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Stung to the quick

Sting operations, which despite its ‘secretive’ nature, is beholden to the same rules of fact-checking, proper editing and paper trails of authenticity.

india Updated: Dec 17, 2007 02:29 IST

There’s little in last week’s Delhi High Court ruling on sting operations that will sound anathema to any television channel or print media editor. The court, giving its ruling on the fake sting operation conducted by news channel Live India on Delhi teacher Uma Khurana, prohibited the act of inducing a person to commit an offence “which he is not known or likely to commit” and capture the ‘crime’ on hidden camera for public airing on TV.

The fact that the unsavoury episode was an example of terrible journalism — where facts were thrown out of the window, footage was edited out to suit a lie simply to concoct a ‘tehelka’, and the reputation of an individual was trampled upon (to the point of a lynch mob attacking her) simply to get viewers tuned in — is not in doubt to anyone at all.

At the time when the Uma Khurana sting was exposed, we had suggested that like any black sheep in the flock, media companies that don’t play by the three core journalistic rules of facts, facts and facts, and make matters worse by purporting the lies to be the truth, should be severely punished — being pulled permanently off the air being an option. But we had also warned of not using the false sting operation as the default mode to judge all sting operations.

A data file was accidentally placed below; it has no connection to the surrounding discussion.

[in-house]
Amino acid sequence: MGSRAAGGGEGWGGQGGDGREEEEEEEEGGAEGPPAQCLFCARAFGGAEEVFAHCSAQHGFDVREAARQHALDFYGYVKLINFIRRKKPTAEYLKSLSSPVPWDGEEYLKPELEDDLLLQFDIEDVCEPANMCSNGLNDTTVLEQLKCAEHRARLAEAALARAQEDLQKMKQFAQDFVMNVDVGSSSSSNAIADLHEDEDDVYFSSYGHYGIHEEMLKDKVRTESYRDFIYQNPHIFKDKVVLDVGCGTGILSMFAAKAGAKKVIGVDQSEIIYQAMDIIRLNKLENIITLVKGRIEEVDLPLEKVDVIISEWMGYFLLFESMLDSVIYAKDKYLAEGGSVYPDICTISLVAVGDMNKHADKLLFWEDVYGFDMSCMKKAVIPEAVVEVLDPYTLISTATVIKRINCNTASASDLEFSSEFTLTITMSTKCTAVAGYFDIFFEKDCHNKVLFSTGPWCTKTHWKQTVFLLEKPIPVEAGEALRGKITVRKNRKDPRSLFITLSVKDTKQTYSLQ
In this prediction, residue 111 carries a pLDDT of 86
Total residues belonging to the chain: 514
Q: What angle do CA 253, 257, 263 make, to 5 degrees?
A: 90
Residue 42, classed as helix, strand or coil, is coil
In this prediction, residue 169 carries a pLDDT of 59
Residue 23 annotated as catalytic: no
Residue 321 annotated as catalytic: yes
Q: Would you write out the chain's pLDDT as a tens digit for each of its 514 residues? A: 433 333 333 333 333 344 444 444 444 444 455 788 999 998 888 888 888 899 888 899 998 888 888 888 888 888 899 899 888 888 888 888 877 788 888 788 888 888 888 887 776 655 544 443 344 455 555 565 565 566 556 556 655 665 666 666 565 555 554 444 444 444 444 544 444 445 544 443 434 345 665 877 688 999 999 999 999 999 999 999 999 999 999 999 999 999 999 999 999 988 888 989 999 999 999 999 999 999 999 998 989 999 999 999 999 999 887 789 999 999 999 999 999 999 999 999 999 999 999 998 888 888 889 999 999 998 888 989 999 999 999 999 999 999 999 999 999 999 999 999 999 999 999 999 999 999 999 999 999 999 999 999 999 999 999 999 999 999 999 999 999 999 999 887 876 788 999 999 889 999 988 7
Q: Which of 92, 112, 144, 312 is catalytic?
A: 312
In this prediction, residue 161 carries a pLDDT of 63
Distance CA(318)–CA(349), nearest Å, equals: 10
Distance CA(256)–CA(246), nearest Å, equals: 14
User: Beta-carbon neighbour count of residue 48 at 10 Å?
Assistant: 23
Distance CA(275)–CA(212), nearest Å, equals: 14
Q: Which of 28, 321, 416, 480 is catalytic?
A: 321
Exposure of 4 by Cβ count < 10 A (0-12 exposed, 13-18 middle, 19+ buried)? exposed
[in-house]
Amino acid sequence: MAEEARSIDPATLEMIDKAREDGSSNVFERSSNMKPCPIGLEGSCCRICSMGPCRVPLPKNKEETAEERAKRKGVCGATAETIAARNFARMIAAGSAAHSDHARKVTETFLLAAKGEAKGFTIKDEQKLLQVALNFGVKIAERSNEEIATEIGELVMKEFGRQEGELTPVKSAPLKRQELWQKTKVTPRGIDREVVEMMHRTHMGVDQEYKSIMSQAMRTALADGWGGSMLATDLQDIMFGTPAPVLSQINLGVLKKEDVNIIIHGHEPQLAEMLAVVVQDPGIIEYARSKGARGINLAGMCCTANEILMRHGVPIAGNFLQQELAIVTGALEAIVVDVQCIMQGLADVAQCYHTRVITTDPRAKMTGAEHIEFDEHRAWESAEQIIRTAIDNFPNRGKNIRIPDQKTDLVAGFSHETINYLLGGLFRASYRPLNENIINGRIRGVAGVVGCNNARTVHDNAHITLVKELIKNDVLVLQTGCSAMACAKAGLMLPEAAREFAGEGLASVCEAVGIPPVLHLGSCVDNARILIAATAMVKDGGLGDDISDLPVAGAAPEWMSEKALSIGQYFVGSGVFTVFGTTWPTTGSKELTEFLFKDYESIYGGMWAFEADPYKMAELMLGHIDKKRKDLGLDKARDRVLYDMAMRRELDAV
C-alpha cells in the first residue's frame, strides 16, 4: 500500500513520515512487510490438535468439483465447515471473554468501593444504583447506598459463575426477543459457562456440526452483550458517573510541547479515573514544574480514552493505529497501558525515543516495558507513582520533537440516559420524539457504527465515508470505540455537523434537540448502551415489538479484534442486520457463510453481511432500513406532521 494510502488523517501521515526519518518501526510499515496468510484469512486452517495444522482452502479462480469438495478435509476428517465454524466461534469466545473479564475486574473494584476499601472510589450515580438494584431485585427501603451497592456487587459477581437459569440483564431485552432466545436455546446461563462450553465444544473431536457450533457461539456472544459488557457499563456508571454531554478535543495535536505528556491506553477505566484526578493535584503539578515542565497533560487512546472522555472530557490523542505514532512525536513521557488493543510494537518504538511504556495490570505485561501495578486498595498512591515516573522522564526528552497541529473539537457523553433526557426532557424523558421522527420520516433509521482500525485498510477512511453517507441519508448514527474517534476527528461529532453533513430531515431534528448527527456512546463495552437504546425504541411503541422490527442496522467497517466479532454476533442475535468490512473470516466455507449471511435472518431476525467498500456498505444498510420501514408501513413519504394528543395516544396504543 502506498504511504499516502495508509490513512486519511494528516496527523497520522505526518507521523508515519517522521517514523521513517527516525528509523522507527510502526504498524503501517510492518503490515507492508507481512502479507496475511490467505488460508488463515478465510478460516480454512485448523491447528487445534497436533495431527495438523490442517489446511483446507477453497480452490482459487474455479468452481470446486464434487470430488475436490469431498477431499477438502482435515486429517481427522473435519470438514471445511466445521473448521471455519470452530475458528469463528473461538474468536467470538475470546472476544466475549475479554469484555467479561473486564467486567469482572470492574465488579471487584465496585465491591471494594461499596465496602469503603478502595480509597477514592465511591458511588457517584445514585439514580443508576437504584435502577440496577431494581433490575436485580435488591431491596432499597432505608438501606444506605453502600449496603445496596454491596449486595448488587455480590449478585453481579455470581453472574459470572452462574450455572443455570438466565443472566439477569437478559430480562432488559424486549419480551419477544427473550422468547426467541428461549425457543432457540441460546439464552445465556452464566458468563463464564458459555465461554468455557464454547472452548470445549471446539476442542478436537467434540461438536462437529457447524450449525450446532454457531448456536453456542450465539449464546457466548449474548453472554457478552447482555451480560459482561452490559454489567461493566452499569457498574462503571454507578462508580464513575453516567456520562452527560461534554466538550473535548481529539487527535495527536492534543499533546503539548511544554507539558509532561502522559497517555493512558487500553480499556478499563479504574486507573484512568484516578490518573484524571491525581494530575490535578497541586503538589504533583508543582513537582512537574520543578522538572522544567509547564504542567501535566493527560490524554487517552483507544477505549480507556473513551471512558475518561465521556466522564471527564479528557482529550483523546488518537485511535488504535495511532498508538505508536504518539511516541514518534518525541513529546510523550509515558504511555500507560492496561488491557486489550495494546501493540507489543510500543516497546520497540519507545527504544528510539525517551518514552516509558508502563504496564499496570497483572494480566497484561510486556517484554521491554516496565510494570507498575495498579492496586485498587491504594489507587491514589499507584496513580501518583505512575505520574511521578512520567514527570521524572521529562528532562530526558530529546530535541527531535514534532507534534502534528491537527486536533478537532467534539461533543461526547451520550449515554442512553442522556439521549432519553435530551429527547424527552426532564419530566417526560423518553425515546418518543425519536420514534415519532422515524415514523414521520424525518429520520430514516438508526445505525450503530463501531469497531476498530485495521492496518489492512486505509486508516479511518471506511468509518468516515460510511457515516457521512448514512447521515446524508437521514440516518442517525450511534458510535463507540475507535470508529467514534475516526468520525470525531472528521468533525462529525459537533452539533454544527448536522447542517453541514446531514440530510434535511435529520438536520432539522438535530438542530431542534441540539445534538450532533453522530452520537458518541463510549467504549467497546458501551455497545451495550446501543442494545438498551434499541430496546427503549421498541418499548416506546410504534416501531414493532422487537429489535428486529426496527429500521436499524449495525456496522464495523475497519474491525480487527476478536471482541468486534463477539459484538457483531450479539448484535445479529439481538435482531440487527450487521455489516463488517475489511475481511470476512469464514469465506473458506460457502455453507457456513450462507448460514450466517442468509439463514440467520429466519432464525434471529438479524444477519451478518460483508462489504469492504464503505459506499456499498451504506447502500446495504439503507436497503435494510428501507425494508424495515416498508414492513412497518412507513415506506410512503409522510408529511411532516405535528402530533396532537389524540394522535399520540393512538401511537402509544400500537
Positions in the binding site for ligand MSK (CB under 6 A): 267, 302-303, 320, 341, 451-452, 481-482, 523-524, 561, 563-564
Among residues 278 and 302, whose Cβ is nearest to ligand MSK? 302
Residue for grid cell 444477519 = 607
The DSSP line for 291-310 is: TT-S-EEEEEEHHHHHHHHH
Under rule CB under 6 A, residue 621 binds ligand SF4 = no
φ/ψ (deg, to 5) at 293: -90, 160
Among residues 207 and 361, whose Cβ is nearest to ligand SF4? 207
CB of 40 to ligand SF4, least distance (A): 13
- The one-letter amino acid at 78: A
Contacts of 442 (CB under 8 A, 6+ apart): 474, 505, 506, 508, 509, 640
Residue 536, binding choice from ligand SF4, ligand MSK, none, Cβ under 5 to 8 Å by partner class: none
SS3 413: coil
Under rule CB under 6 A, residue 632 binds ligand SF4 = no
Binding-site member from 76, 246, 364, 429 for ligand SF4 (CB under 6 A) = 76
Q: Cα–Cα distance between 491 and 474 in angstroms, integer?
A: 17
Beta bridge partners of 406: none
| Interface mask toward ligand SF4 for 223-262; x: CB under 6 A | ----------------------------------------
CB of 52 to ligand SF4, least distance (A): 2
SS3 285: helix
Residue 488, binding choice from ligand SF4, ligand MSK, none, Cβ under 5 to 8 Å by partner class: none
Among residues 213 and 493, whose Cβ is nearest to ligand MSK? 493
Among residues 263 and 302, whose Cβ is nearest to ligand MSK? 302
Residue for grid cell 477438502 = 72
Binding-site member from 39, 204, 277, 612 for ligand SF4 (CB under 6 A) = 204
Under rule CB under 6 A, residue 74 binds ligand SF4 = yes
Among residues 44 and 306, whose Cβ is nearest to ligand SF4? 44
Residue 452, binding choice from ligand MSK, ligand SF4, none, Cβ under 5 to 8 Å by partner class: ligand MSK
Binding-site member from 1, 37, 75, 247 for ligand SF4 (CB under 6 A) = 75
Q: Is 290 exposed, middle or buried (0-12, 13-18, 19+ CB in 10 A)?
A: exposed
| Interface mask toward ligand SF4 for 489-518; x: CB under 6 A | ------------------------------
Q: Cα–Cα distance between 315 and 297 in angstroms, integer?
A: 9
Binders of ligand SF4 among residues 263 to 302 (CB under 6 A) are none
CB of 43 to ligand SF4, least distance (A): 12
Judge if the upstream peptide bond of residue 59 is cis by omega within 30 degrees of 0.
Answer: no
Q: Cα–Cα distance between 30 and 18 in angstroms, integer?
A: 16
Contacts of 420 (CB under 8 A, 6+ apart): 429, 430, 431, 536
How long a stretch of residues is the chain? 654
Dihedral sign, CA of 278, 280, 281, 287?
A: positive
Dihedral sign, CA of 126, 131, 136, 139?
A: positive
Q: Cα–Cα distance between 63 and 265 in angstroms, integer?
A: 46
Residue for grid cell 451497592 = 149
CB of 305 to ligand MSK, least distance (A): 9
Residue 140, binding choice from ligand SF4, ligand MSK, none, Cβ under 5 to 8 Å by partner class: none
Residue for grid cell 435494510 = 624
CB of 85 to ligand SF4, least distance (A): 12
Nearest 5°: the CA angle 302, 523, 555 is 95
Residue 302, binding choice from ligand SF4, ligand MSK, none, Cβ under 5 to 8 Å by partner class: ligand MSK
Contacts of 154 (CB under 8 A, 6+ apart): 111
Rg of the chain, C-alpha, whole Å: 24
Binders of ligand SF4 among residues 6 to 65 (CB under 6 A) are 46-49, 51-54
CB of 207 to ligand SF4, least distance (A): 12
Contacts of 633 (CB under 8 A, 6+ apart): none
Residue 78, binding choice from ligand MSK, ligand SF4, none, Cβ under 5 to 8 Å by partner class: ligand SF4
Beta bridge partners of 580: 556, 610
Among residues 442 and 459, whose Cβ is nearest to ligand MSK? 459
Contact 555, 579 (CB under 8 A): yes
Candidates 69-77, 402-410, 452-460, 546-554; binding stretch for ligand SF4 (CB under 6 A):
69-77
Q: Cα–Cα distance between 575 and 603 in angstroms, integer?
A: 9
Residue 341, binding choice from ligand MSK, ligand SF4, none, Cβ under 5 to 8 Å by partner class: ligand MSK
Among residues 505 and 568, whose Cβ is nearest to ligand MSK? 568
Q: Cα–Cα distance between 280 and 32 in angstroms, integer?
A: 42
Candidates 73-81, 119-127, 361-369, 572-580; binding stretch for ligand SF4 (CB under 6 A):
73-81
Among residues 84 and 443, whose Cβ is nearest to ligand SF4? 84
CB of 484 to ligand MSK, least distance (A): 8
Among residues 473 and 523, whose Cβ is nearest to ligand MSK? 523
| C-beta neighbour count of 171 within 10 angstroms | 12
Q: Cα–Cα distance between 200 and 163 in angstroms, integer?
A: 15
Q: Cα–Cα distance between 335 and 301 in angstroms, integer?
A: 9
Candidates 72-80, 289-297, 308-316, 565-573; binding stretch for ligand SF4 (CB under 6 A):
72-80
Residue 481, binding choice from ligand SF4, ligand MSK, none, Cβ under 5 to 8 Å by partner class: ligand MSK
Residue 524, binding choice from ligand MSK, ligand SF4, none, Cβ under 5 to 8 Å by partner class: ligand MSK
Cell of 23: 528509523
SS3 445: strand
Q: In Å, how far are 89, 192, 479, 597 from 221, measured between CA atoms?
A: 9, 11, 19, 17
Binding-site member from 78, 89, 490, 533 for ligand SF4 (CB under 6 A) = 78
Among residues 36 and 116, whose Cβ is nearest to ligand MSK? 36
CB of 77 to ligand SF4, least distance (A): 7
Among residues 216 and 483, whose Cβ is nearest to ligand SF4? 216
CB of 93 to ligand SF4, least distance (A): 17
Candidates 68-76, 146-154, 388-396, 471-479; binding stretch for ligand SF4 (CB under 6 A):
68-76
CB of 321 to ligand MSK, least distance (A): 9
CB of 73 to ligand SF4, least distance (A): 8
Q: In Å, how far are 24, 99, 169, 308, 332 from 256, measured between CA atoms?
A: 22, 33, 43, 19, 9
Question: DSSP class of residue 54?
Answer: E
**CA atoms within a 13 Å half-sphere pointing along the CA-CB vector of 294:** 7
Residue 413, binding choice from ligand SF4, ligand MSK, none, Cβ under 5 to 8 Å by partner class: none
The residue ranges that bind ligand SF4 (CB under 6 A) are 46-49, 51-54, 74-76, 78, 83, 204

A sting operation that has been manufactured is a more potent — and thereby toxic — equivalent of a false news story. In the unfortunate occasion of a concocted news story being published in a newspaper, it is the erring/mala fide newspaper that has to face the penalty — not the newspaper medium as a whole. The same logic holds for sting operations, which despite its ‘secretive’ nature, is beholden to the same rules of fact-checking, proper editing and paper trails of authenticity.

We are hammering on this single point because of a ‘suggestion’ made by the same wise bench of the court that has got our brows up in slight consternation. It has proposed that the government examine a suggestion that a panel formed of members of the government and the police vet sting operations before they are aired on TV. This I&B Ministry within the I&B Ministry approach smacks of control-freakishness where only control is required. The fact is that the creators and broadcasters of fake sting operations will face the wrath of the law. So, why this terrible urge to play Chief Censor? Say a news story exposes a police or a government official of wrongdoings with all the facts bearing out. Will the members of the panel clear the story for public airing? Note: we haven’t mentioned anything about sting operations.